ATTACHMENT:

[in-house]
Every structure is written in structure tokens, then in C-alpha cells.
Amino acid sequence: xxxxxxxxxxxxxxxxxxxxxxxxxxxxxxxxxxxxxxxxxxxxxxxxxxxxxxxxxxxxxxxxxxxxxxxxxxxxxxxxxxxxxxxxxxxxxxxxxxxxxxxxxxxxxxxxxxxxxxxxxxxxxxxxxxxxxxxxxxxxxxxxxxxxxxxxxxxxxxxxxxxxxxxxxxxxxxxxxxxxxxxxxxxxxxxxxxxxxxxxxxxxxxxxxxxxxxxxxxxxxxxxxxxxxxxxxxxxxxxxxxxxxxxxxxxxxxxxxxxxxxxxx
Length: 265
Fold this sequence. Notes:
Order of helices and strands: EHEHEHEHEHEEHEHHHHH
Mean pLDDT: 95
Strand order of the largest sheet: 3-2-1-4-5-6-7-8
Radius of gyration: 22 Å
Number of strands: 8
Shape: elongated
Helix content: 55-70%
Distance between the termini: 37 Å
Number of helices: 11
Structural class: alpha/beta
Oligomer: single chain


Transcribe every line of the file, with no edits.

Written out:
[in-house]
Every structure is written in structure tokens, then in C-alpha cells.
Amino acid sequence: xxxxxxxxxxxxxxxxxxxxxxxxxxxxxxxxxxxxxxxxxxxxxxxxxxxxxxxxxxxxxxxxxxxxxxxxxxxxxxxxxxxxxxxxxxxxxxxxxxxxxxxxxxxxxxxxxxxxxxxxxxxxxxxxxxxxxxxxxxxxxxxxxxxxxxxxxxxxxxxxxxxxxxxxxxxxxxxxxxxxxxxxxxxxxxxxxxxxxxxxxxxxxxxxxxxxxxxxxxxxxxxxxxxxxxxxxxxxxxxxxxxxxxxxxxxxxxxxxxxxxxxxx
Length: 265
Fold this sequence. Notes:
Order of helices and strands: EHEHEHEHEHEEHEHHHHH
Mean pLDDT: 95
Strand order of the largest sheet: 3-2-1-4-5-6-7-8
Radius of gyration: 22 Å
Number of strands: 8
Shape: elongated
Helix content: 55-70%
Distance between the termini: 37 Å
Number of helices: 11
Structural class: alpha/beta
Oligomer: single chain